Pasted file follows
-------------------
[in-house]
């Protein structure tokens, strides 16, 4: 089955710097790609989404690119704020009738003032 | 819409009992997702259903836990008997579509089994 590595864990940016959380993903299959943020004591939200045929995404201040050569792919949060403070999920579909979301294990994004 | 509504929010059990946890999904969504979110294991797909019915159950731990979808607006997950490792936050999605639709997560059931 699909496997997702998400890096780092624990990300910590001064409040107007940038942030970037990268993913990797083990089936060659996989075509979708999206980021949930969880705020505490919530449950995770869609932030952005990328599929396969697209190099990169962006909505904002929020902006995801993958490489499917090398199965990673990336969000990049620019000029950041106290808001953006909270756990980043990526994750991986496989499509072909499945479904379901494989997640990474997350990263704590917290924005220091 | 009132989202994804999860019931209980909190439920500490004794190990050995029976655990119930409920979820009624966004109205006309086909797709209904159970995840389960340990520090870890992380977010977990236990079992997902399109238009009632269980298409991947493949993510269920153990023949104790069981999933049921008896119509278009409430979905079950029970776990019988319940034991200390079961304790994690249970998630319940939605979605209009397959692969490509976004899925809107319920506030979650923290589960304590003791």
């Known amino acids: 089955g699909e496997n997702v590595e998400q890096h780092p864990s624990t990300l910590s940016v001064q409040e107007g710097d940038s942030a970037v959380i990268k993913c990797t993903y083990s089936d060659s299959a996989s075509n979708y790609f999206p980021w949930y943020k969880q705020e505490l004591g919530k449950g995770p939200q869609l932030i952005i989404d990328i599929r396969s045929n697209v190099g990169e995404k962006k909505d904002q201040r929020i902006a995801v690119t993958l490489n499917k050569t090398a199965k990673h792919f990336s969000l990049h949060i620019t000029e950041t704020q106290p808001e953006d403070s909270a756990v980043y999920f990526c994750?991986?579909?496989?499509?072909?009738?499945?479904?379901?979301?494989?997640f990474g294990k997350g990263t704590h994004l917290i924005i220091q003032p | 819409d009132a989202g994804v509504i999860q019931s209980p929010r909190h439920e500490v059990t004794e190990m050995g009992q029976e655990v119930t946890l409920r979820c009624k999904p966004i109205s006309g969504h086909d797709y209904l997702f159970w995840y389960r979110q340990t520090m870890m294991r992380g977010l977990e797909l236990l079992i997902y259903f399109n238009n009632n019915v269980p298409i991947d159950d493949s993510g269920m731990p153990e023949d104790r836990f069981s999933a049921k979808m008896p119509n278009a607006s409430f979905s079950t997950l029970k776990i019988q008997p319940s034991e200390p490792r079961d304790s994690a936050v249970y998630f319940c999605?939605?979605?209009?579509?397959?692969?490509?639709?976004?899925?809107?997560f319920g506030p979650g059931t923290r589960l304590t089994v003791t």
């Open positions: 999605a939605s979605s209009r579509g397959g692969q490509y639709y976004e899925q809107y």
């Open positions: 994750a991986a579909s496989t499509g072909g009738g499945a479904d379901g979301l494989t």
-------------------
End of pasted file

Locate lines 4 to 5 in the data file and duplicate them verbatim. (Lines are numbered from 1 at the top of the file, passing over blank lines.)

């Open positions: 999605a939605s979605s209009r579509g397959g692969q490509y639709y976004e899925q809107y």
């Open positions: 994750a991986a579909s496989t499509g072909g009738g499945a479904d379901g979301l494989t």